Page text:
Interesting Facts About African Cape Buffalo

African Cape Buffalo – The Cape buffalo, often observed as a prominent member of the Big 5, is frequently sighted grazing in herds across the African plains. Here are 10 intriguing facts about these large bovids.

Scientific Classification

Common Name: African cape buffalo, cape buffalo, savanna buffalo

Kingdom: Animalia Phylum Chordata

Class: Mammalia

Order: Artiodactyla

Family: Bovidaen

Genus Species: Syncerus (together horns) caffer

Interesting Facts

The horns of Cape buffaloes serve as reliable indicators of age and gender. Unlike large adult males, females and young males lack the hard shielding protecting the base of the skull.

These highly social animals form large, mixed herds comprising up to 2000 members! Within these herds, both sexes maintain separate hierarchies, with males exerting dominance over females. Members of the same subgroup maintain close contact, often sleeping with their heads resting on one another.

While often mistaken for the Asian water buffalo, the African buffalo is a distinct species, though they share many characteristics.

Cape Buffaloes are one of the largest bovid species in Africa, with males, known as bulls, weighing up to 910 kg (2,000 lbs) and standing up to 1.7 meters (5.6 feet) tall at the shoulder. Females, known as cows, are slightly smaller.

Cape Buffaloes are carriers of several diseases that can be transmitted to livestock and humans, including tuberculosis and foot-and-mouth disease. This makes them a significant concern for conservationists and livestock farmers in some areas.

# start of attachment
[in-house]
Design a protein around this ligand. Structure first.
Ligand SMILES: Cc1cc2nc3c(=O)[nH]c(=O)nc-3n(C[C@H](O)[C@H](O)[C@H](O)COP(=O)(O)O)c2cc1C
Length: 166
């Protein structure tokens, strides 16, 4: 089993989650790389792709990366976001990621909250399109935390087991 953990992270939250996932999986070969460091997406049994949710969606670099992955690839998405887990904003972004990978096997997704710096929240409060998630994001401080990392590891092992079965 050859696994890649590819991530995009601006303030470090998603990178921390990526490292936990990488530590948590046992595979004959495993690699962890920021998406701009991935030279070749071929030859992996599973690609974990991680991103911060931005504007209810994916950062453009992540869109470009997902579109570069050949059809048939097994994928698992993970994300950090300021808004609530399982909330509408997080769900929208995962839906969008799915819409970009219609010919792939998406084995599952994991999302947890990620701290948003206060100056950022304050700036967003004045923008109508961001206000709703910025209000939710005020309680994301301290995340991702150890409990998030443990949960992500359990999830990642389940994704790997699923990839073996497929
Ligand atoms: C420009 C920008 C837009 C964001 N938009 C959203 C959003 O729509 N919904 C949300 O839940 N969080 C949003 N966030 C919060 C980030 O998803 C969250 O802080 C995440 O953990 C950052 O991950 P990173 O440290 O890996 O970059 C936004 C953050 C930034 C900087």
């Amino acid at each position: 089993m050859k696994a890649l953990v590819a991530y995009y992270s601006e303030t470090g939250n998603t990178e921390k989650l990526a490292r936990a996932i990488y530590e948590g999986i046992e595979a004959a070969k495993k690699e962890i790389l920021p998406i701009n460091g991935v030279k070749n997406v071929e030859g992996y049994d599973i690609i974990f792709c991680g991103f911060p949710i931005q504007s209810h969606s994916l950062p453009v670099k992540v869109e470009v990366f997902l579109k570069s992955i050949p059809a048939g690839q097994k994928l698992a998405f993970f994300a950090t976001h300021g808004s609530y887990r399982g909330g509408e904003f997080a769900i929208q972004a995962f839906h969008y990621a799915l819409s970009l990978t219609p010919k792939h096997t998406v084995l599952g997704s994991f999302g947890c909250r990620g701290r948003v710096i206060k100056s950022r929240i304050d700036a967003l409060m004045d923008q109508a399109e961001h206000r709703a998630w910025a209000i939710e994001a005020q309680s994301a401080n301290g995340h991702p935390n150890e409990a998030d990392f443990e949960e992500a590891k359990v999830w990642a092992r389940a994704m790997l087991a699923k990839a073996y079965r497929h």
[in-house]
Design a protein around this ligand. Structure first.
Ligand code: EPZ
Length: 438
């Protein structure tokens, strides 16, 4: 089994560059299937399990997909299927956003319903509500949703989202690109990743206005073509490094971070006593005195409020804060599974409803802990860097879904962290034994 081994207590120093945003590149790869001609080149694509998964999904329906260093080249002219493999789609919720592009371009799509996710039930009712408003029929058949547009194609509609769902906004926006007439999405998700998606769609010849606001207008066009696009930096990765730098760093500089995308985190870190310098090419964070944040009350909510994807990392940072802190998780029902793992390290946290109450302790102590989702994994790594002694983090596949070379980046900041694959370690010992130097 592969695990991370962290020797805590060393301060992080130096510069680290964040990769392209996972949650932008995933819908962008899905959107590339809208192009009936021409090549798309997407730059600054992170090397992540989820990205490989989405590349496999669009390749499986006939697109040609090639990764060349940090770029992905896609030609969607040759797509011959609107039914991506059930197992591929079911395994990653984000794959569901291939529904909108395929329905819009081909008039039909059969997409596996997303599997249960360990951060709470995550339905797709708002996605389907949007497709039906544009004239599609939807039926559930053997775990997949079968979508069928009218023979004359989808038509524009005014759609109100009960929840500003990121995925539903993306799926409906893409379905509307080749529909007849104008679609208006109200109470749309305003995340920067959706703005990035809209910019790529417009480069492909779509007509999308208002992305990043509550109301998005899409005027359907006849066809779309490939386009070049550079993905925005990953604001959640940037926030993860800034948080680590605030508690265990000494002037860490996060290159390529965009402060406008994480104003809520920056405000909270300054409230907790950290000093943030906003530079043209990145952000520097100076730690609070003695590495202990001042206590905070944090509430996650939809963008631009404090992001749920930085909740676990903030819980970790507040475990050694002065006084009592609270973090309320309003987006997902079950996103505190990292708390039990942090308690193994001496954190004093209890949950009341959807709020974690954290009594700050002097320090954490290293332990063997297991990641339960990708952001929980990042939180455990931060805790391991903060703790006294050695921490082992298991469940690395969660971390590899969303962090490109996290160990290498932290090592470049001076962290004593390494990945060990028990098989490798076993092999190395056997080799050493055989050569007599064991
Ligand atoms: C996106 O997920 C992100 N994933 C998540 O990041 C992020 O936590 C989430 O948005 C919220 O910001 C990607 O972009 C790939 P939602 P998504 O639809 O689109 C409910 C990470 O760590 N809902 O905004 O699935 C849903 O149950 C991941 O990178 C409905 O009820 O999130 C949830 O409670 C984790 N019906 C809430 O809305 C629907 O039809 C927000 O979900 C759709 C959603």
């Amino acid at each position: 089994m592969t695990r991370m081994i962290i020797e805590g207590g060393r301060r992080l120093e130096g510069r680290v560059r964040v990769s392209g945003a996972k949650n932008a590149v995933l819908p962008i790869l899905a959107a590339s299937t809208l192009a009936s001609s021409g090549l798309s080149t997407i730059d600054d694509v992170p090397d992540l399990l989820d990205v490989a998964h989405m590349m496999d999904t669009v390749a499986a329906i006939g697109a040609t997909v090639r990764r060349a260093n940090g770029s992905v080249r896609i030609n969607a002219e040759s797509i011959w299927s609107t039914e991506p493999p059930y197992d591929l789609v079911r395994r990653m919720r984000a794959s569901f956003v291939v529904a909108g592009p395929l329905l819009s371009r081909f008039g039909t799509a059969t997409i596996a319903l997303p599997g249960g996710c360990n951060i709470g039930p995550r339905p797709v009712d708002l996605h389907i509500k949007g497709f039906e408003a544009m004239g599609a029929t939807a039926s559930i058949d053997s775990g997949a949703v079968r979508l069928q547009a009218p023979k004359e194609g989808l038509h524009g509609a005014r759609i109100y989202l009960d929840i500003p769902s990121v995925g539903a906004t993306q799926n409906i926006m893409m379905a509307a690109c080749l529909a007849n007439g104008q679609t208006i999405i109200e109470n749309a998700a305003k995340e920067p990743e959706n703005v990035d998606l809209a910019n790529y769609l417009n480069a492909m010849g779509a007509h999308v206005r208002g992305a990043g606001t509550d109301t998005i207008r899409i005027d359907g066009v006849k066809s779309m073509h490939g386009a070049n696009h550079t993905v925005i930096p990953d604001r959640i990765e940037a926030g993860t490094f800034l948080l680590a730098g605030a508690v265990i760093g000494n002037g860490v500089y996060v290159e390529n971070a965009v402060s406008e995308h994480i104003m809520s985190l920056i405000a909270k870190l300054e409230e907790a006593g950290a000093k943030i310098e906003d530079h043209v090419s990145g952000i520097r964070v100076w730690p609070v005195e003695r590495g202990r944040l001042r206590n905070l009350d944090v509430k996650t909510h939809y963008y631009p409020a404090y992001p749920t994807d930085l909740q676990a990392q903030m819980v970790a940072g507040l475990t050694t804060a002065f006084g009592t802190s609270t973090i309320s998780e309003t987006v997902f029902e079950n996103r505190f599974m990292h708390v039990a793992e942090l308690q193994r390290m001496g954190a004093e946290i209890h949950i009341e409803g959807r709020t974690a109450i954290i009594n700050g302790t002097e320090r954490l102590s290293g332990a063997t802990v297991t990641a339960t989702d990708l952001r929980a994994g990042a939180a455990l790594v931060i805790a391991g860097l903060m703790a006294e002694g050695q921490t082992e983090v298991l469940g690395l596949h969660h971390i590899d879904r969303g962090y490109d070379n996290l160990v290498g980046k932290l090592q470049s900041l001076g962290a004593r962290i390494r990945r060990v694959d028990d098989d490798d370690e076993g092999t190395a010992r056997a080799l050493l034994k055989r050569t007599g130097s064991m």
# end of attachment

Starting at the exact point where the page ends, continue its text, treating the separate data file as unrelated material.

Cape Buffaloes hold cultural significance in many African societies, featuring prominently in traditional myths, rituals, and folklore.

Cape buffaloes are always found within a day’s walk of a water source, especially crucial during the dry season when they predominantly feed on dried grasses.

Known for their potentially dangerous behavior when cornered or injured, Cape buffaloes have earned a fearsome reputation. Many stories recount encounters where injured buffaloes have retaliated against hunters, highlighting their formidable strength and defensive instincts.

Where to see African Cape Buffaloes


African Cape Buffaloes can be found in various countries across sub-Saharan Africa, particularly in national parks and game reserves. Here are some popular destinations where you can see these magnificent animals:

  1. Kenya: Maasai Mara National Reserve, Amboseli National Park, and Tsavo National Park are among the prime locations for spotting Cape Buffaloes in Kenya.
  2. Tanzania: Serengeti National Park, Ngorongoro Crater, and Selous Game Reserve are renowned for their populations of Cape Buffaloes.
  3. South Africa: Kruger National Park, Addo Elephant National Park, and Hluhluwe-iMfolozi Park are some of the best places to see Cape Buffaloes in South Africa.
  4. Botswana: Chobe National Park and Moremi Game Reserve offer excellent opportunities to observe Cape Buffaloes in their natural habitat.
  5. Zimbabwe: Hwange National Park, Mana Pools National Park, and Matobo National Park are known for their Cape Buffalo populations.
  6. Namibia: Etosha National Park and Waterberg Plateau Park are potential spots to encounter Cape Buffaloes, although they are not as abundant as in some other countries.
  7. Uganda: Murchison Falls National Park and Queen Elizabeth National Park are two of many locations where you might have a chance to see a number of Cape Buffaloes during a safari.
  8. Zambia: South Luangwa National Park and Kafue National Park are popular destinations for wildlife enthusiasts seeking sightings of Cape Buffaloes.

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